Chelsey Harwood, 29 and of St Helens, admitted three benefit fraud offences involving a total of £25,156 between April 2013 and January 2016.
She was living in a "fantasy" world, judge Andrew Menary QC said.
Handing her a suspended jail term at Liverpool Crown Court, he warned her about her "unhealthy" lifestyle.
He said her claims for employment support allowance and housing benefit had initially been genuine but became false when she began earning from her self-employed work and moved from Liverpool to St Helens and made a fresh claim for housing benefit.
The former This is Liverpool and Celebrity Botched Up Bodies star, who is transgender, had boasted to an online magazine that she had made £120,000 by talking to men on a webcam.
Judge Menary said: "In those posts you bragged about your level of earnings, making what seems to me clearly extravagant claims about the amounts you were able to earn from payments and gifts."
He said whatever money she did have would have been spent "on her ordinary day-to-day living, rather an entirely hedonistic lifestyle as you were pretending".
He told Harwood that he recognised the fact that her "gender issues have complicated your life to this point and created challenges in the past and the unhealthy celebrity-type lifestyle you have sought to create, or courted online, means you have been living in a somewhat fantasy world. You have known for some time what you were doing was dishonest, there was nothing healthy about the lifestyle you chose or the other choices you made to project yourself online. You need to understand, sooner rather than later, that your future happiness and wellbeing lies in your own hands and requires you to adopt a much more responsible and constructive approach to life in future."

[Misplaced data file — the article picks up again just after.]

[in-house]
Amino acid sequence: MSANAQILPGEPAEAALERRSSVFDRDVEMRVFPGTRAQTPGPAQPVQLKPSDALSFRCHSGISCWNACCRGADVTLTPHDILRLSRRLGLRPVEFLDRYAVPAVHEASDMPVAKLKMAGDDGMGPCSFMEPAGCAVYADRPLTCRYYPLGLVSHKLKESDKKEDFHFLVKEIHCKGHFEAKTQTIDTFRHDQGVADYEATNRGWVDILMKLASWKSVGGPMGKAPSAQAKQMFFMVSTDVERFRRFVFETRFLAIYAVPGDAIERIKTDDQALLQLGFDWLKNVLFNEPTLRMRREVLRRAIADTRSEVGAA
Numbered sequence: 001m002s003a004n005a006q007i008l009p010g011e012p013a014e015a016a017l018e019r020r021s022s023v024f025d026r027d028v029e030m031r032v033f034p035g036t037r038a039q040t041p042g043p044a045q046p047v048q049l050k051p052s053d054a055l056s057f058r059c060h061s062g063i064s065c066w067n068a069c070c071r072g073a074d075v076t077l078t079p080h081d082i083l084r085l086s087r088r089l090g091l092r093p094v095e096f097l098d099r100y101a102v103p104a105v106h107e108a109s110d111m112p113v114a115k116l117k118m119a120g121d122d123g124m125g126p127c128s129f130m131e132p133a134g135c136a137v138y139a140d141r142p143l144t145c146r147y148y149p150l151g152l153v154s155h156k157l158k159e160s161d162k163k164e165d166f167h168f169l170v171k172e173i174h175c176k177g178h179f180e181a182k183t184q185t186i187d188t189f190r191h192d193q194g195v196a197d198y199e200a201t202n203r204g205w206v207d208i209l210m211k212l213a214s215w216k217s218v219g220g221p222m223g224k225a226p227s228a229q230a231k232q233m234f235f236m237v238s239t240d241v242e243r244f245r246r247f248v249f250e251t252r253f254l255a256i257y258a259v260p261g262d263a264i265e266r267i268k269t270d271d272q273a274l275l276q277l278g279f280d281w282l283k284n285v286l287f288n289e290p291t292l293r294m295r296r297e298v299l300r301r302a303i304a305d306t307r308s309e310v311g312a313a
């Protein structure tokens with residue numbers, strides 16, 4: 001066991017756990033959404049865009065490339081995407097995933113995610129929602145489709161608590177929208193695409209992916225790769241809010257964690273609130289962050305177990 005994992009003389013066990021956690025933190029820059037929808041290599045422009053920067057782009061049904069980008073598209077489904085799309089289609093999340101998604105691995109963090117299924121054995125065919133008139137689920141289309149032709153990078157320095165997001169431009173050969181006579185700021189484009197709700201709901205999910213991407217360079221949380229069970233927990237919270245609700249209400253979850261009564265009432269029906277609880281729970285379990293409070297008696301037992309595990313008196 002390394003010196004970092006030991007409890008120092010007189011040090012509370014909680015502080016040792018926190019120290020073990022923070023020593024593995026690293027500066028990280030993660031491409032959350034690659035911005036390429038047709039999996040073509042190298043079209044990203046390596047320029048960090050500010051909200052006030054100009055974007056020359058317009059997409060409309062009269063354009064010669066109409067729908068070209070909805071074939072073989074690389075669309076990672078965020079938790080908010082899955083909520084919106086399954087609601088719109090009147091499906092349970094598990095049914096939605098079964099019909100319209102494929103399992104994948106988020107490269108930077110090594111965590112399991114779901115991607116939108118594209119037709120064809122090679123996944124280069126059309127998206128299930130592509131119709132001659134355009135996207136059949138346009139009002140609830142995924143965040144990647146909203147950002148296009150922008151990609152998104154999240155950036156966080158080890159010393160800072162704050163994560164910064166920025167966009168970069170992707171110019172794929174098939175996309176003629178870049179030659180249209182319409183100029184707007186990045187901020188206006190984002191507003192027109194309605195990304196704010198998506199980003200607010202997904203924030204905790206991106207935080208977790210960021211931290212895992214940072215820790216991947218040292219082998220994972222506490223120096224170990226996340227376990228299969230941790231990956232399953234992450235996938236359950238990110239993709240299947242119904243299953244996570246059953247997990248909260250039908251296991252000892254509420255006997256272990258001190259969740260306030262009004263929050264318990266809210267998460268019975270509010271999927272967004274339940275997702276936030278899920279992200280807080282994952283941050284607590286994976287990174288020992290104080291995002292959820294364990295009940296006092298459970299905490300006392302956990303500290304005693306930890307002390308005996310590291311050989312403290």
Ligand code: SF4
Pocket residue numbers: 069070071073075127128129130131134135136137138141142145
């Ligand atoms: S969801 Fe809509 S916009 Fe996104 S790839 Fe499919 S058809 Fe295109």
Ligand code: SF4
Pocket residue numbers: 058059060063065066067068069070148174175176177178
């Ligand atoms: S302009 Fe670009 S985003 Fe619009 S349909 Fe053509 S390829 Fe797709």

He sentenced her to four months' imprisonment, suspended for two years, and placed her under supervision for two years.
Ben Jones, prosecuting, told the court the prosecution could not say how much she was earning but she had "a measure of celebrity and was writing articles in Closer magazine. "There may have been some element of bragging" in those articles, he added.
John Rowan, defending, said that she had received media payments of £14,389 over the period of the offences, which was "relatively modest". He said his client was "remorseful and shameful for her actions".
But she's not sorry.
When asked whether she’d apologise to taxpayers, she revealed she was “not one little bit sorry”.
She added: “I pay road tax, I pay cigarette tax. I pay my tax. I’m not saying sorry, I’m not sorry one little bit.”